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Poxviruses

Poxviruses are large oval-shaped viruses. Poxviruses are unique among DNA viruses, as they replicate only in the cytoplasm of the host cell, outside of the nucleus. Therefore, a large genome is required for encoding various enzymes and proteins involved in viral DNA replication and gene transcription.

Poxviruses exist throughout the world, vertebrates and arthropods serve as natural hosts. Poxvirus infections typically result in the formation of lesions, skin nodules, or disseminated rash.

A wide spread outbreak of the viral disease monkeypox was confirmed in May 2022, predominantly in Europe, but laboratory confirmed cases were soon reported in North and South America, Asia, Africa, and Australia.

 

Poxvirus Background

Monkeypox is a zoonotic virus of the orthopoxvirus genus of the Poxviridae family, and is typically endemic in Central and West Africa. The main animal reservoir has not been conclusively determined but is considered to be rodents. (https://www.who.int/news-room/fact-sheets/detail/monkeypox) Animal to human and human to human transmission requires close contact with bodily fluids or respiratory secretions. (https://www.who.int/news-room/fact-sheets/detail/monkeypox)

In early May 2022 , a small number of monkeypox cases were reported in the UK, Spain, and elsewhere in Europe;  The identification of confirmed and suspected cases of monkeypox with no direct travel links to an endemic area represented a highly unusual event.

 

By early July 2022 almost 8,000 confirmed cases had been reported from 63 Member States in five World Health Organization (WHO) Regions.

Despite mild disease progression in most healthy individuals symptoms can be severe in immunocompromised patients, children, and pregnant women. Complications can include secondary infections, sepsis and blindness (https://www.who.int/news-room/fact-sheets/detail/monkeypox).  The case fatality ratio of monkeypox has historically ranged from 0 to 11 % in the general population and has been higher among young children. In recent times, the case fatality ratio has been around 3–6% ( https://www.who.int/news-room/fact-sheets/detail/monkeypox). There are no therapeutics (WHO page https://www.who.int/news-room/fact-sheets/detail/monkeypox says smallpox antiviral agent is licensed –  tecovirimat but isn’t widely available), and early detection of infection becomes crucial for containment.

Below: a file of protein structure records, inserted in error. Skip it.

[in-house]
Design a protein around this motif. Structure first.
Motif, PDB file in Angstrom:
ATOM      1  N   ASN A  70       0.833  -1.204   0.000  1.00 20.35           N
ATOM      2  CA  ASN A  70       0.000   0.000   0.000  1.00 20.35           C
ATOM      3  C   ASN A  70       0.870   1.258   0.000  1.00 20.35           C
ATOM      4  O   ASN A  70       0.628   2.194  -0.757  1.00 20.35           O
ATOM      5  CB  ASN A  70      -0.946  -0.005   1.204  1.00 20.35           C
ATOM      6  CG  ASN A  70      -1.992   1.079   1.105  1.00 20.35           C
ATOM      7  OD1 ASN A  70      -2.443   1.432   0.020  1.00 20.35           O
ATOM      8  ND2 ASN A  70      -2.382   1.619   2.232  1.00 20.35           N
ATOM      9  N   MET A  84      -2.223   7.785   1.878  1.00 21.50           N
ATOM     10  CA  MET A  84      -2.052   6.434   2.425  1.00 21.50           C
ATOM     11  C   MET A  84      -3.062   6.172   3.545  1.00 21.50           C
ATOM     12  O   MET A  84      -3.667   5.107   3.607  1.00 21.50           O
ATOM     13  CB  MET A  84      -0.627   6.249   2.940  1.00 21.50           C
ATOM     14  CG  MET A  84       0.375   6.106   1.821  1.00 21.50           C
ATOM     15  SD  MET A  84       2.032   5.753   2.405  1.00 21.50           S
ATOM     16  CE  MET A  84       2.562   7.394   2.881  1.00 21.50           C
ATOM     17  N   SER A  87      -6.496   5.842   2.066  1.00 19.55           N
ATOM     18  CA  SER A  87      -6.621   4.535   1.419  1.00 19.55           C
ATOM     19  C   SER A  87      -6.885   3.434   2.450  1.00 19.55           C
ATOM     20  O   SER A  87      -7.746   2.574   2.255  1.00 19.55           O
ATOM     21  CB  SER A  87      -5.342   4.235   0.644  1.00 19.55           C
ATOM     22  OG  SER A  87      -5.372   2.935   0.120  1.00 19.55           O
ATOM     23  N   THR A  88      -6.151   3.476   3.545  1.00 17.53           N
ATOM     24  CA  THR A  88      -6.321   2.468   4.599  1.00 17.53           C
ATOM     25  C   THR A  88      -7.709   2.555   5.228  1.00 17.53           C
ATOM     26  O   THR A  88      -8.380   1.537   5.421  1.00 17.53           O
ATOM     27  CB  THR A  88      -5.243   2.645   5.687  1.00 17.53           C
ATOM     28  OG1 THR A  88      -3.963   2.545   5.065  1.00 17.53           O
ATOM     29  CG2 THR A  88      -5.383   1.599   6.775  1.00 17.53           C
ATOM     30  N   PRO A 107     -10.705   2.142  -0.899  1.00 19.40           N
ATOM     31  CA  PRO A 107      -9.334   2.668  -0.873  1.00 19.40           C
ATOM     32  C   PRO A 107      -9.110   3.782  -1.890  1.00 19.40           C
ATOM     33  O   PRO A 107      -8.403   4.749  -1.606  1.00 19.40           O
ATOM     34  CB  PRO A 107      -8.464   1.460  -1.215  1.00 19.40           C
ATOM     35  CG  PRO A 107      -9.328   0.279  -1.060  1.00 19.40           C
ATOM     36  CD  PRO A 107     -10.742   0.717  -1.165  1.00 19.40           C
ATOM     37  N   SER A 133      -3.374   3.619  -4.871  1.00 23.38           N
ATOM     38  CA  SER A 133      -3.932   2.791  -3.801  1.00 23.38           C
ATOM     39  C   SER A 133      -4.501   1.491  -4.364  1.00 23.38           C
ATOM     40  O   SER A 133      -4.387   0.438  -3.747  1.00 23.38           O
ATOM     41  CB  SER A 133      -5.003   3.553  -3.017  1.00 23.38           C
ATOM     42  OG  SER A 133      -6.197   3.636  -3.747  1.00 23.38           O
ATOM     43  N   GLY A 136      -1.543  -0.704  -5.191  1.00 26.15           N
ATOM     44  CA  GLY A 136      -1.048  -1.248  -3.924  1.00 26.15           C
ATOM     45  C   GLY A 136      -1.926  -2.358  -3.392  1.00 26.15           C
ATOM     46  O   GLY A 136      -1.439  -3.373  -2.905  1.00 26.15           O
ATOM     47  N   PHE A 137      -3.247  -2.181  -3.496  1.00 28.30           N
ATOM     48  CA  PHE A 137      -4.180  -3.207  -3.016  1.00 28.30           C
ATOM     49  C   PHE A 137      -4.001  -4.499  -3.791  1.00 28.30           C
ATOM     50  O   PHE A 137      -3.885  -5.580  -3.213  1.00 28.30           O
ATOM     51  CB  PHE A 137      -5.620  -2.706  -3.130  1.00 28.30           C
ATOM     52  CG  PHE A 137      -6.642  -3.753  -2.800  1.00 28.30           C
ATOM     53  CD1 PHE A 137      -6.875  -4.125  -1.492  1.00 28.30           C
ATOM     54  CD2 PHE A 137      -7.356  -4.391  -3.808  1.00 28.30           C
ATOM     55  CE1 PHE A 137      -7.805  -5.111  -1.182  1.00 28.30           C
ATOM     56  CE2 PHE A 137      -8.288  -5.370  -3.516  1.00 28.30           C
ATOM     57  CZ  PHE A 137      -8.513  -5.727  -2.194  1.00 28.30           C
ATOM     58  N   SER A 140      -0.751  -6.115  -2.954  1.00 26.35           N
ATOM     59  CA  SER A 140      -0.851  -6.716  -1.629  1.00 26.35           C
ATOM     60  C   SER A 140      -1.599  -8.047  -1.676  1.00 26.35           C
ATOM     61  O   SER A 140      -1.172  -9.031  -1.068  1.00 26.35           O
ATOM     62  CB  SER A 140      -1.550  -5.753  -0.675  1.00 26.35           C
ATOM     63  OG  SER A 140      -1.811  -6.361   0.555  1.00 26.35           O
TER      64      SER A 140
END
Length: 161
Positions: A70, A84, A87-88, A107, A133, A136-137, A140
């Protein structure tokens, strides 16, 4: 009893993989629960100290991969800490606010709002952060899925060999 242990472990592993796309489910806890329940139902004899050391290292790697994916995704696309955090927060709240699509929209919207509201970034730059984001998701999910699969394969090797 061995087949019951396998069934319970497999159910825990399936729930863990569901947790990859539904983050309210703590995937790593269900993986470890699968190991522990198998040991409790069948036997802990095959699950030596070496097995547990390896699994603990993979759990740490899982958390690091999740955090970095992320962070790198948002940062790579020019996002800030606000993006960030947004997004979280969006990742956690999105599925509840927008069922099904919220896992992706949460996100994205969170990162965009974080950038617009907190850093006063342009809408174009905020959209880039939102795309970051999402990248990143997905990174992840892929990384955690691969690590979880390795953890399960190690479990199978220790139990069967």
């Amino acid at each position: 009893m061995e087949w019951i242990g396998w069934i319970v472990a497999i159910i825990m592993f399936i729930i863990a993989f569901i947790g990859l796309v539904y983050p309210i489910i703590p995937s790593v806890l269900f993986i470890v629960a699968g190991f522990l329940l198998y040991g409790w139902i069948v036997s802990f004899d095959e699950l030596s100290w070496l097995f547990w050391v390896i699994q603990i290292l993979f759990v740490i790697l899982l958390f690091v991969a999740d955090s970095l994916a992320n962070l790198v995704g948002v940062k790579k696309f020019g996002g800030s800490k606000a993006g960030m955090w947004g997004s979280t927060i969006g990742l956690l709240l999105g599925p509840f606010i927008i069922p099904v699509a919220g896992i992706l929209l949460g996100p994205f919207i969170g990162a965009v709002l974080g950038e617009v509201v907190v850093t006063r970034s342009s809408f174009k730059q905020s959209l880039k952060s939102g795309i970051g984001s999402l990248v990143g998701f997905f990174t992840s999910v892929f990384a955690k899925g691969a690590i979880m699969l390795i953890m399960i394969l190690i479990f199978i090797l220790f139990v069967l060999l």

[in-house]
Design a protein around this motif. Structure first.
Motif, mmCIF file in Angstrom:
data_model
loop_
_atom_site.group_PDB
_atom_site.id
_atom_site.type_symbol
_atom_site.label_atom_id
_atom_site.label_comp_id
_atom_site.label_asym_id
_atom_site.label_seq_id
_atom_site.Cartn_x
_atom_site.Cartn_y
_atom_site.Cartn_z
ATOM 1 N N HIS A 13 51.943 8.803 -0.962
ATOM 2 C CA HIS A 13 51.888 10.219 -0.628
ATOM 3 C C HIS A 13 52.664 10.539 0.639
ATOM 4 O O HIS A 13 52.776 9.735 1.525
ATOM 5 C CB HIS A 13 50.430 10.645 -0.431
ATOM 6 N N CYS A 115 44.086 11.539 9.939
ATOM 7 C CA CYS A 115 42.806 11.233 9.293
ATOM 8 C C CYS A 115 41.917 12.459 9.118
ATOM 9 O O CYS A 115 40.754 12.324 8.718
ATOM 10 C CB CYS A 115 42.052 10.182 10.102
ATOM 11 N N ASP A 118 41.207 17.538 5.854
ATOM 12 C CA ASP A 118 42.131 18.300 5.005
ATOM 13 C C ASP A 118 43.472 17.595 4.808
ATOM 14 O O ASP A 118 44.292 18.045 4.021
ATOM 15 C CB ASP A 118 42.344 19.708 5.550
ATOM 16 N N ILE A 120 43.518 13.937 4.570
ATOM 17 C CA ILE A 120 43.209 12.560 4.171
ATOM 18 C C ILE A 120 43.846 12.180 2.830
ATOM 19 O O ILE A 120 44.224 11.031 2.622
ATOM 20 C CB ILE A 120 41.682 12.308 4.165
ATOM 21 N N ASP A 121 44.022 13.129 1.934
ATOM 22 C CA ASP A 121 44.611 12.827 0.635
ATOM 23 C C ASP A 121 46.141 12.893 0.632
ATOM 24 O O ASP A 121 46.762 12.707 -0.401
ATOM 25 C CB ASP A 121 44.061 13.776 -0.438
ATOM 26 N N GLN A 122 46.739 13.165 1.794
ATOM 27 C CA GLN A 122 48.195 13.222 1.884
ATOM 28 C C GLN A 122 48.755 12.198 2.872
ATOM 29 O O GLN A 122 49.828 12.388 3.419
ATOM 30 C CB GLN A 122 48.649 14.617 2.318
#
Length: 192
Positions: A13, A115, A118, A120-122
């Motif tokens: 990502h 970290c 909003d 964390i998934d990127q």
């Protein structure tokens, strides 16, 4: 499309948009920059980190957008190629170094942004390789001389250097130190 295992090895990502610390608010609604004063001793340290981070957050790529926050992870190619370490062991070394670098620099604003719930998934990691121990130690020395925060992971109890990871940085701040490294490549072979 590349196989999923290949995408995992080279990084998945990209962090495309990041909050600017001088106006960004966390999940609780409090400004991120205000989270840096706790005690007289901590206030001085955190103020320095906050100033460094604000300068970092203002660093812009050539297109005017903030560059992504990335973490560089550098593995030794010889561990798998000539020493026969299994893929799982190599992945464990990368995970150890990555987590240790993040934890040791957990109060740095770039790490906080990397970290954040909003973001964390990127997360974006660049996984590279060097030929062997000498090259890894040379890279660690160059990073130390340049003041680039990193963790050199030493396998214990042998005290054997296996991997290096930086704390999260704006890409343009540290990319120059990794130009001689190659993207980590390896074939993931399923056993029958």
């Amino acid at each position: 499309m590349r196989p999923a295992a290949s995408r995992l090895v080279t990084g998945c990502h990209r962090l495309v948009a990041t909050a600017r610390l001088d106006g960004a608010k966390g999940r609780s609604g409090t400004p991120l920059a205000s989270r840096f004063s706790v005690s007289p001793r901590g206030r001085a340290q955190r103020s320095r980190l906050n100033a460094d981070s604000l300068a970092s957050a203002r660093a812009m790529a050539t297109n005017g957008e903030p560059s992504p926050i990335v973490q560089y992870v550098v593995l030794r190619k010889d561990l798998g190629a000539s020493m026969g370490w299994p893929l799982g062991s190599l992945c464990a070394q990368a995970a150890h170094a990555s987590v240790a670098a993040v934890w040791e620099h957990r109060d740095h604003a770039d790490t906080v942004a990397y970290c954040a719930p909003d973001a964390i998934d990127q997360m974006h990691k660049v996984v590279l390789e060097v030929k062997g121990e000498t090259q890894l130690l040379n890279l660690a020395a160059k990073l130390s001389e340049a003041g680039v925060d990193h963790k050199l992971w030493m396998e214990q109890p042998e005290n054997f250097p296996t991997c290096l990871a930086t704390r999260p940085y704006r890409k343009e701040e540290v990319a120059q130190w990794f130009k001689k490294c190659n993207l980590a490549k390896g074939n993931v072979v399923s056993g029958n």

Modified Vaccinia Ankara (MVA), manufactured as a smallpox vaccine, provides some protection against monkeypox. Observational studies put the effectiveness at around 85%. However, cross-protective immunity from smallpox vaccination will be limited to older persons, since populations under the age of 40 or 50 years no longer benefit from the protection afforded by prior smallpox vaccination campaigns. A newer licensed vaccine from 2019 also offers protection but currently has limited availability.  (https://www.who.int/news-room/fact-sheets/detail/monkeypox) Monkeypox has been under scrutiny due to waning immunity from the end of routine smallpox vaccination in the 1980s and the potential for it to become a more efficient human pathogen (https://www.ncbi.nlm.nih.gov/pmc/articles/PMC2567051/ )

Poxvirus Antigens

Following an international outbreak of monkeypox in early 2022, we now offer a number of antigens to support the research and diagnosis of this emerging disease.

We offer recombinant Vaccinia virus B18R protein, which contains two Ig-like C2-type domains and one Ig-like V-type domain

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